On March 11, 2016 I got the call of a lifetime… and I do not mean that in a good way. I got the call from the police, in Logan, Utah, that my mother had been shot to death by her husband. This is not a post about domestic abuse, gun control or mental health awareness. That’s not the point of my webpage. This is an estate planning and probate website so let’s talk about those aspects of this horrible situation. First of all I have posted before, since my mom’s death, about some of things I learned. I want to take those posts and go a step further here. I want you to be able to learn from other's mistakes.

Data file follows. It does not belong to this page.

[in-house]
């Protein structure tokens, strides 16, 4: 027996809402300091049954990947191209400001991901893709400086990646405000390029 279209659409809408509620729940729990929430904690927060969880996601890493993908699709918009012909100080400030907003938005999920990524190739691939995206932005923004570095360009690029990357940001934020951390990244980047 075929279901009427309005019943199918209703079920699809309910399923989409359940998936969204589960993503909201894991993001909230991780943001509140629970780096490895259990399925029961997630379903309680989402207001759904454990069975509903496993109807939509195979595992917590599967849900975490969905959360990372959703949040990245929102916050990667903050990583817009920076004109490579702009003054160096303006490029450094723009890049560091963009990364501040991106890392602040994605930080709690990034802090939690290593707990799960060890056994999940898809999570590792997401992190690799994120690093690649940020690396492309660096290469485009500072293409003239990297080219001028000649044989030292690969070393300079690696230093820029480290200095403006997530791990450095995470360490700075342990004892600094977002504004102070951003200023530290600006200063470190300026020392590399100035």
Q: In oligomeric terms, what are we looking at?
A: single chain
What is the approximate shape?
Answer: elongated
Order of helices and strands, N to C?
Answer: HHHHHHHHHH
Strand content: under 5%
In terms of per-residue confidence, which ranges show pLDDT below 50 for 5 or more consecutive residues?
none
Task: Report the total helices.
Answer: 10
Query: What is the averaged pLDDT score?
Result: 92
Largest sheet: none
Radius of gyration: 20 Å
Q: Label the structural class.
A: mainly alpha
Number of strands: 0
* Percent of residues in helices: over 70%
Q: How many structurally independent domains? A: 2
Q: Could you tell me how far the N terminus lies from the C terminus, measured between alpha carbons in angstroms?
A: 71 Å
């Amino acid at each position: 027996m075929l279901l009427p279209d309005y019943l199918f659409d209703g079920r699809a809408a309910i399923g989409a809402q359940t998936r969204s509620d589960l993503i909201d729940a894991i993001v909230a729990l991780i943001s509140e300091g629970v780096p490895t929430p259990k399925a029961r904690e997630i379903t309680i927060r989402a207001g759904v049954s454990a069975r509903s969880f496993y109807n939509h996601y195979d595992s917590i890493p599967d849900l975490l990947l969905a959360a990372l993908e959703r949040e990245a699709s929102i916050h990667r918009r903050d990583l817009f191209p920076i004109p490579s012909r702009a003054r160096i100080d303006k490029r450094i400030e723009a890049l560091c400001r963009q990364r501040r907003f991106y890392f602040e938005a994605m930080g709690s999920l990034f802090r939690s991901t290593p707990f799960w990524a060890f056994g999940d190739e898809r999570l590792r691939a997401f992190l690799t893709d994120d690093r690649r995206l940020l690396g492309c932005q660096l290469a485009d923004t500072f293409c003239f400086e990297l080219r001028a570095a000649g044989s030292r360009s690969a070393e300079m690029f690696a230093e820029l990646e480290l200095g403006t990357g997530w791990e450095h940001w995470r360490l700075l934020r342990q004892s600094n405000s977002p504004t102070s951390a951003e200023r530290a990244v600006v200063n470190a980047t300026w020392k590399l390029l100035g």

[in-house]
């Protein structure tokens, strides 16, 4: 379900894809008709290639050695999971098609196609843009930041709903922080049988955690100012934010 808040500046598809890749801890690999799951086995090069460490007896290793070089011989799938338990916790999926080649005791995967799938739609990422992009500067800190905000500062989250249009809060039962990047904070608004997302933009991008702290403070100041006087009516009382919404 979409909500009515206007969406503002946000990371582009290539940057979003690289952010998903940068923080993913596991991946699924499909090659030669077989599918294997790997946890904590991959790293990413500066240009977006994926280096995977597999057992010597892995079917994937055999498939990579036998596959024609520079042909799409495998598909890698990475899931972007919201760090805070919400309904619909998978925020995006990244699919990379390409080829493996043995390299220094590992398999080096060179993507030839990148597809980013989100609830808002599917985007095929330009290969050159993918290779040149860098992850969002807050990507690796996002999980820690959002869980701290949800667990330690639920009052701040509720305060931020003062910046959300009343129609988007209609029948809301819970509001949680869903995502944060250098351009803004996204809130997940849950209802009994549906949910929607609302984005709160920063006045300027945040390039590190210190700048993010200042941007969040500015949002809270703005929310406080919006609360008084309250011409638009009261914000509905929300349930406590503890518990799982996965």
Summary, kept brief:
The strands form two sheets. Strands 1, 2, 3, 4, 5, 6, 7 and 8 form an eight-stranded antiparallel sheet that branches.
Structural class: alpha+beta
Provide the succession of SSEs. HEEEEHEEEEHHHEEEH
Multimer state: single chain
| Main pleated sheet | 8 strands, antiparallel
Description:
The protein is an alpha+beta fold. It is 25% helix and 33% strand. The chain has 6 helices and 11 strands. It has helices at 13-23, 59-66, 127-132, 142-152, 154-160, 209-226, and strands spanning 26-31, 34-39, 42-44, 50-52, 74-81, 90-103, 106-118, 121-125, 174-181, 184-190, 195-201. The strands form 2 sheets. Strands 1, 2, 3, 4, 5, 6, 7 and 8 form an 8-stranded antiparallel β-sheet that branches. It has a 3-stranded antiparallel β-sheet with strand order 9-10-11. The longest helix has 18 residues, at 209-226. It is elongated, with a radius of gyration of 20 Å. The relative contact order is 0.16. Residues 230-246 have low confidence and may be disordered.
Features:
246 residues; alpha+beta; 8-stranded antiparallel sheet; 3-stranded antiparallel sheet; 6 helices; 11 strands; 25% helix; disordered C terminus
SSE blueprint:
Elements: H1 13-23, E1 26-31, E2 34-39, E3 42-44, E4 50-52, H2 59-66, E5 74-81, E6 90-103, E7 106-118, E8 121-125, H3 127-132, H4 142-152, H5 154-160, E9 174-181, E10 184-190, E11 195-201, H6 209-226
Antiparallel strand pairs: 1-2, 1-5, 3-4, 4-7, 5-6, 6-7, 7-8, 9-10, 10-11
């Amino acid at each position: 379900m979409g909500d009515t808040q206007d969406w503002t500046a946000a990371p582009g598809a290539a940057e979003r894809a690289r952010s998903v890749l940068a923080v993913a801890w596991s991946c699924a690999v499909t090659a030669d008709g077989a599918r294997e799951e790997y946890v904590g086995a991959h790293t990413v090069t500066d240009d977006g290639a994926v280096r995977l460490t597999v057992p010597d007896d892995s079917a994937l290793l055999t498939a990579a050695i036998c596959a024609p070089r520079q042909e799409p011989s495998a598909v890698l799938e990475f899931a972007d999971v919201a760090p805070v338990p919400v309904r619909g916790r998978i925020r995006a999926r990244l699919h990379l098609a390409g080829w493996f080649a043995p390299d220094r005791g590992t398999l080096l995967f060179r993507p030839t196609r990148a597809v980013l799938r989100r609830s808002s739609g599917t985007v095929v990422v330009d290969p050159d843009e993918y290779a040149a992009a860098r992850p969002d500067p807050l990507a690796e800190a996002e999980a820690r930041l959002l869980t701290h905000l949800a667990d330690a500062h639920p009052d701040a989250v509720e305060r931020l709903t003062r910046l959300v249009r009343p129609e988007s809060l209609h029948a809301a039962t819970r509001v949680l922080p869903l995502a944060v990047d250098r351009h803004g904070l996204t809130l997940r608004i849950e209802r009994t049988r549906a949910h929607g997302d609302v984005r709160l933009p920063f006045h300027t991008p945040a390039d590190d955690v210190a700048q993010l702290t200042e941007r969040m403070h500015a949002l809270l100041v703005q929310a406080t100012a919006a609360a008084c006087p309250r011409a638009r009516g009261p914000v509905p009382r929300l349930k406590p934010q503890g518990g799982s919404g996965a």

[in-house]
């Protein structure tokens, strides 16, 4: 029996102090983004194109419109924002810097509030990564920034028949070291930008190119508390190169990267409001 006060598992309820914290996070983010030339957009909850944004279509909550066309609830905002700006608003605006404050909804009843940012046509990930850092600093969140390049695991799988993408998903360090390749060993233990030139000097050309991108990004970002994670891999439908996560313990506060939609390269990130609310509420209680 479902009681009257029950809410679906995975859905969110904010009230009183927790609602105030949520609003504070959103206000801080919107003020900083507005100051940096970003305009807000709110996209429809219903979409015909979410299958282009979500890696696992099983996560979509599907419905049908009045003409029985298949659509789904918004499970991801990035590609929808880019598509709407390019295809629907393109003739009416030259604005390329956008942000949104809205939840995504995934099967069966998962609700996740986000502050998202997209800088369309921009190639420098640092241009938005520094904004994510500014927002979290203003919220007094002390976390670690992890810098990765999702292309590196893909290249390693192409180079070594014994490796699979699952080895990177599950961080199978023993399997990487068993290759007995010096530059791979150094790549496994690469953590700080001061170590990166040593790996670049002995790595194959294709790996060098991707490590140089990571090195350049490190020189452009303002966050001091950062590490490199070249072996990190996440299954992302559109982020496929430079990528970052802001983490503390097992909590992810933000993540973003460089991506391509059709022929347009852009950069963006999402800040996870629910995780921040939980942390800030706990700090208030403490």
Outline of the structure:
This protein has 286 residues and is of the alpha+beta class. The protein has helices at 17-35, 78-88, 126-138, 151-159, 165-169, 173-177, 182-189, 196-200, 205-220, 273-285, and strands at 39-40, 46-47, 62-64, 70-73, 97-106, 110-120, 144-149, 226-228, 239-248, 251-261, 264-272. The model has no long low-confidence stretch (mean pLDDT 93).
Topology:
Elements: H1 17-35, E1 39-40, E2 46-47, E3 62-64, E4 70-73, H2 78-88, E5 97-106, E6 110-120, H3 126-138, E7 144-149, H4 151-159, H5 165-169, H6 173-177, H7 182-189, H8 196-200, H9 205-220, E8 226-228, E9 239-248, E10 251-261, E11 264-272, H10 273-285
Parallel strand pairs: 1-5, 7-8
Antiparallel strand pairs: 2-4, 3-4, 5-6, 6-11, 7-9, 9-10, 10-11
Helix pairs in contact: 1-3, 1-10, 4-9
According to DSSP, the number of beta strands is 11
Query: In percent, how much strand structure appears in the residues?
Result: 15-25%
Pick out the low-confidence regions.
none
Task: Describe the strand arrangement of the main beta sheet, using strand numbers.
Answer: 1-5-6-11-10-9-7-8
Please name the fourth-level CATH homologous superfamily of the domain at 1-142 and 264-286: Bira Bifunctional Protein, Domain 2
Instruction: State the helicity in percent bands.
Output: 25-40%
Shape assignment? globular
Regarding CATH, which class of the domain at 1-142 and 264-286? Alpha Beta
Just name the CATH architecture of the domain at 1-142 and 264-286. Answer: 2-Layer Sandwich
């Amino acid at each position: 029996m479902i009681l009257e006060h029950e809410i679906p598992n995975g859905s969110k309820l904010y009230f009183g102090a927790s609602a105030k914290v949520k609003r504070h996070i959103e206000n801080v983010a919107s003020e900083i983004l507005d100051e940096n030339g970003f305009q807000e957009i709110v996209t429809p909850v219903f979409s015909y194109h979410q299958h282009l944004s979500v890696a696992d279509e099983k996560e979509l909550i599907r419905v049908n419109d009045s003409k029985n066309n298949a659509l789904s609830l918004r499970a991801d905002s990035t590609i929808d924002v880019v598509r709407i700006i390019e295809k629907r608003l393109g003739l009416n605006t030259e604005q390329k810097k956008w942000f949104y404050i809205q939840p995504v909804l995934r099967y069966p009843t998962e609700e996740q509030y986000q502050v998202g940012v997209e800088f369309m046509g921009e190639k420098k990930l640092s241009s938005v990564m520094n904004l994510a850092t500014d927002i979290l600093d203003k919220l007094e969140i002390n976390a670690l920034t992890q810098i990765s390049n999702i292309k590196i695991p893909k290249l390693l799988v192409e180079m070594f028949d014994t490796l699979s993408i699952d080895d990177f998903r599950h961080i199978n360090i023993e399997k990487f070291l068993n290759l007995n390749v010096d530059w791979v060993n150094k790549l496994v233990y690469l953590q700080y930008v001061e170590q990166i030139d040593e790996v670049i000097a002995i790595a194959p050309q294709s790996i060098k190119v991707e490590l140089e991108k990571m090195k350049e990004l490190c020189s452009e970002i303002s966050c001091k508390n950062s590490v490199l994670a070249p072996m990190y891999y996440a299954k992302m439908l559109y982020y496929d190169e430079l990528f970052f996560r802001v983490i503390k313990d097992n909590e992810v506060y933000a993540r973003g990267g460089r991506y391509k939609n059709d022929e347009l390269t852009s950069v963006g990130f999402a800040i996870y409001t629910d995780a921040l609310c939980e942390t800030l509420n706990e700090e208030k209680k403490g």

Just last week I paid off her mortgage. You would think that would be easy to do, right? That is, I have my mom’s money, my mom owed the bank some money, and therefore 2 + 2 s
I received a call the other day asking how houses with reverse mortgages are handled after death. Reverse mortgages are just mortgages. Thus the mortgage has no bearing on what procedure is used after death to clear title to an asset.
In the beginning (1960′s and 1970′s) reverse mortgages often had draconian repercussions after death. The house simply went to the bank. I have heard stories of people receiving small payments and then dying (prematurely) creating a windfall for the bank. Now days, however, a reverse mortgage is just a special kind of mortgage. It’s available to individuals 62 and older for the purpose of creating more retirement income for the individuals. The bank has a claim against the house, like any other mortgage, that kicks in